Indiana Enacts Pregnancy Accommodations Law, Effective In July 2021

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A new Indiana statute sets out the process for pregnant workers to seek a reasonable accommodation from their employers. The new law applies to employers with at least 15 employees. It goes into effect on July 1, 2021.

Pregnant workers may already qualify for a reasonable accommodation under the Americans with Disabilities Act Amendments Act of 2008, which applies to employers with at least 15 employees.

The new law provides that an employee may request, in writing, an accommodation related to pregnancy, childbirth, or any related medical conditions. The employer must respond to the employee’s request within a reasonable amount of time. Under the new law, however, the employer is not required to provide an accommodation. Existing federal or state law may require that an accommodation be provided.

Additionally, an employee who seeks an accommodation under the new law is protected from discipline, termination, or other forms of retaliation for seeking or using an accommodation. An attempt to accommodate or failure to accommodate an employee’s request is not considered disciplinary or retaliatory.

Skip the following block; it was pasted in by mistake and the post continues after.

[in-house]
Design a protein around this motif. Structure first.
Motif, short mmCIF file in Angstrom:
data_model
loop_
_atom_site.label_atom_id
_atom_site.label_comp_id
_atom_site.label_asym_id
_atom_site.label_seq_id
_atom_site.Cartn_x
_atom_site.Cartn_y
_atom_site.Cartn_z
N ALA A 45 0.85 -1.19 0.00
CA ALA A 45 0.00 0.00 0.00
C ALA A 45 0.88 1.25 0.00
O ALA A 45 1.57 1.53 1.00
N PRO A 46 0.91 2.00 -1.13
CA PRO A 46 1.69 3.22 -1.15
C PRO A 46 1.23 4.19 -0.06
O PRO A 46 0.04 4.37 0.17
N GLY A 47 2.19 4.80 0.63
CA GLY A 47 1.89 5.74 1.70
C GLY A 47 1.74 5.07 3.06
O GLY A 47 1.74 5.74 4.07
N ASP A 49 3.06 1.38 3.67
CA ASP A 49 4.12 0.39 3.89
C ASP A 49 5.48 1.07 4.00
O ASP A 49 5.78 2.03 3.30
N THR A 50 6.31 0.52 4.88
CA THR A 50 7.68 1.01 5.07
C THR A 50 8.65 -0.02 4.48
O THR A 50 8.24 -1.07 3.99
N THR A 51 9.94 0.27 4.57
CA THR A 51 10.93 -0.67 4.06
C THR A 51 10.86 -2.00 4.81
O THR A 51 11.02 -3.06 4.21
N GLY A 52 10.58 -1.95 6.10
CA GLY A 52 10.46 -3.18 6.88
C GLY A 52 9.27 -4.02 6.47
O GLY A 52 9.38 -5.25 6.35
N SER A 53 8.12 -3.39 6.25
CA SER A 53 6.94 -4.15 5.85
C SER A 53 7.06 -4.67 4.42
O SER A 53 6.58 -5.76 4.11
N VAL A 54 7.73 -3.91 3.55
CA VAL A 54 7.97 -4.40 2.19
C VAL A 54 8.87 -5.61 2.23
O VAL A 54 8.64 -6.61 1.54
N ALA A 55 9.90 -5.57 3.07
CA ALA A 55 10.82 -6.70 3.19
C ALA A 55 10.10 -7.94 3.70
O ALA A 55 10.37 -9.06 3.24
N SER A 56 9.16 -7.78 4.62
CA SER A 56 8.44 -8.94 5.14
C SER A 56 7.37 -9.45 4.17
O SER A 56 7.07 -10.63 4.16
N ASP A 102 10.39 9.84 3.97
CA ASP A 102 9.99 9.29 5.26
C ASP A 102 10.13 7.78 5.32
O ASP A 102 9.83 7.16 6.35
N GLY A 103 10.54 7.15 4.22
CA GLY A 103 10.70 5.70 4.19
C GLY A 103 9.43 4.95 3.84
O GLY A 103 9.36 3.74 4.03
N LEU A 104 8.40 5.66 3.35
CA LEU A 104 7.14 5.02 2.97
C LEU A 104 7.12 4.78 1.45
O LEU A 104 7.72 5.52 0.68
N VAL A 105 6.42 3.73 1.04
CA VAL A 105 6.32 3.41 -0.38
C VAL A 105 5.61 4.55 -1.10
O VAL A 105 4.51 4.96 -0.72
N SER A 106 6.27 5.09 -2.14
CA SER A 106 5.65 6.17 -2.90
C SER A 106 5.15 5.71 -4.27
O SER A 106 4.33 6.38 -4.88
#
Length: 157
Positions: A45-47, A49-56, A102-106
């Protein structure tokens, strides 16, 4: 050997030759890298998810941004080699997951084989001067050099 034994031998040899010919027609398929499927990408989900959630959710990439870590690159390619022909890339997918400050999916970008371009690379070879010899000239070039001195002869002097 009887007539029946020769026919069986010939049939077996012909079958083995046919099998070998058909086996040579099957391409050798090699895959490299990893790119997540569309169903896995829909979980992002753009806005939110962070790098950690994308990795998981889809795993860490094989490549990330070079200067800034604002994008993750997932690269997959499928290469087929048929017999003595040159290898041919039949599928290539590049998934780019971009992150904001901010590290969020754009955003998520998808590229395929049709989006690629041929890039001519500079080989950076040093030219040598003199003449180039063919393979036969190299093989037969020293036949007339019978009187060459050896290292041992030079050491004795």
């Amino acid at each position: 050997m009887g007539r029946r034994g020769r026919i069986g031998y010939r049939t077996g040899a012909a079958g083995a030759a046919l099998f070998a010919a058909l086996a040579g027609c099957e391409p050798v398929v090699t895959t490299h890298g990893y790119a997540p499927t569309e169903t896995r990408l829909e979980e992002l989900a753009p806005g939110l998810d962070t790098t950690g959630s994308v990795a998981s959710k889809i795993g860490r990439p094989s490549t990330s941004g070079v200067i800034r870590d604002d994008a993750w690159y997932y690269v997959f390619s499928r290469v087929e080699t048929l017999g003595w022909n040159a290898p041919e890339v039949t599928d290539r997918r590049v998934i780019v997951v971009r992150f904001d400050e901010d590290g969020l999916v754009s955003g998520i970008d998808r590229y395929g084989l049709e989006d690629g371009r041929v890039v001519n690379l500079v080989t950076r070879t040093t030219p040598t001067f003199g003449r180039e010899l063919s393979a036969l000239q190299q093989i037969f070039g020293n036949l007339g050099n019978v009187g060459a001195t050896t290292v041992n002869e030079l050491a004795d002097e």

Indiana’s law is meant to be an expansion of existing state and federal protections and does not limit, diminish, or affect any state or federal laws concerning sex discrimination, pregnancy discrimination, family medical leave, disability, or childbirth discrimination.

Indiana joins a majority of states, the District of Columbia, and at least four cities that have laws on their books regarding pregnancy accommodation. Critics of Indiana’s law, including Governor Eric Holcomb, argue it does not provide enough protection for pregnant workers. Three other pregnancy accommodation bills were introduced by the Indiana Legislature, with a wide variety of protections for pregnant workers. Given Governor Holcomb’s stance on this issue and the number of bills introduced this legislative session on the subject, discussion over this issue may not be over and could be debated by the Indiana Legislature in 2022.

DISCLAIMER: Because of the generality of this update, the information provided herein may not be applicable in all situations and should not be acted upon without specific legal advice based on particular situations.

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